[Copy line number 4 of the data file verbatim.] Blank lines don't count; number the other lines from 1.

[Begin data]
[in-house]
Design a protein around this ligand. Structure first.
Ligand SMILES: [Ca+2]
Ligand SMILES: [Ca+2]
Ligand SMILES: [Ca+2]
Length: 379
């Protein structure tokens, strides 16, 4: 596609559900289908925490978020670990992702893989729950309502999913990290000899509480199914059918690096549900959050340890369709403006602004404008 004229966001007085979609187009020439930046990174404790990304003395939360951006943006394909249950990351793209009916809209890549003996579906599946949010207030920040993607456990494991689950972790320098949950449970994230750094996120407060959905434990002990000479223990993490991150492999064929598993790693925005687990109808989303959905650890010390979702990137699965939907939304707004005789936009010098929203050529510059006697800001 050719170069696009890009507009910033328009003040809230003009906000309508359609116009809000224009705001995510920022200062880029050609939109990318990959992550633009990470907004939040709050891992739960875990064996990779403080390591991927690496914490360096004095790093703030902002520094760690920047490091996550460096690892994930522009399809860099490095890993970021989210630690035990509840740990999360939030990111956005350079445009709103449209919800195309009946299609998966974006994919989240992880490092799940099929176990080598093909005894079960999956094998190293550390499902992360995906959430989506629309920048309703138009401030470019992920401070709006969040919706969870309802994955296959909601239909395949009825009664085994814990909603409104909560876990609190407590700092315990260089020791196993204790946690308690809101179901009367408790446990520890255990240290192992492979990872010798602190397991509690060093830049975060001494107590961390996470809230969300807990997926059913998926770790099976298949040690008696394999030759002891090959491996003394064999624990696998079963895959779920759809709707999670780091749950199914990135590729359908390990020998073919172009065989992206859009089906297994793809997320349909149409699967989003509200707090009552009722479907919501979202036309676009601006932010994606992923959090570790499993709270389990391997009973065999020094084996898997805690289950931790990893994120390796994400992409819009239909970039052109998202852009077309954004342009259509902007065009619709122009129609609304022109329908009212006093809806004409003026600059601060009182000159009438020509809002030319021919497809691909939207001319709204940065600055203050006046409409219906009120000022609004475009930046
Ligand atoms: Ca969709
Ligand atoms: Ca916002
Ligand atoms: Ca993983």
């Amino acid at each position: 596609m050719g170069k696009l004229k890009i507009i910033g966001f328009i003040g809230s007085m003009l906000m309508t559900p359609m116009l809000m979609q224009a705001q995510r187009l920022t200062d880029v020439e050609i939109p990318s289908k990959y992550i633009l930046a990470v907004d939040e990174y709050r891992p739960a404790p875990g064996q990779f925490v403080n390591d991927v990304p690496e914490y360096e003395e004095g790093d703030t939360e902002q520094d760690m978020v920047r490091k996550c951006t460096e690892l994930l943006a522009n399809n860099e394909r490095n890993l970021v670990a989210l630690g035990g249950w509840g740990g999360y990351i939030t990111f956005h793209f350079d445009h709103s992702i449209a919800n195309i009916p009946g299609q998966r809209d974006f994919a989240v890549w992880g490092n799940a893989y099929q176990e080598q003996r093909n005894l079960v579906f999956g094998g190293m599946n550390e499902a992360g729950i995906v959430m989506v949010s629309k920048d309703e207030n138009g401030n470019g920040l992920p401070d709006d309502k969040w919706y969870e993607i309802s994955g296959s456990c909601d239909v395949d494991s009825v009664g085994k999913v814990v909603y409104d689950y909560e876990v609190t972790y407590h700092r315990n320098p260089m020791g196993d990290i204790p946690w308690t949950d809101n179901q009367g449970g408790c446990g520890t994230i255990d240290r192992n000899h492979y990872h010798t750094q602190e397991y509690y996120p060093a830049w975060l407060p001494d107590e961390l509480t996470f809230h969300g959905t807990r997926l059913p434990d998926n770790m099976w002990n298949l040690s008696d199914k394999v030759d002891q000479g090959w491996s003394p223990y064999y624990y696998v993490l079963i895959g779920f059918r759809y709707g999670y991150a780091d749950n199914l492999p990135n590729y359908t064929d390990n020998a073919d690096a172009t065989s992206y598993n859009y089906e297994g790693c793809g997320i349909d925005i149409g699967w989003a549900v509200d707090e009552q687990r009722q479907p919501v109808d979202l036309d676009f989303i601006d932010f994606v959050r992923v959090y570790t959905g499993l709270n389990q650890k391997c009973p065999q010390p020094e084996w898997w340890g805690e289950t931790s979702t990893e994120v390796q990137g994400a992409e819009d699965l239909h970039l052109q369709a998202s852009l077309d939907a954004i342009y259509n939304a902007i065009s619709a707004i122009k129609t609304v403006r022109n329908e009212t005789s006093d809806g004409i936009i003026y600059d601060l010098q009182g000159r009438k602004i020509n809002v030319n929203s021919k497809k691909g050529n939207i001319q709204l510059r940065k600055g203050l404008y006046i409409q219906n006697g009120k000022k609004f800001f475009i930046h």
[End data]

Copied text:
Ligand SMILES: [Ca+2]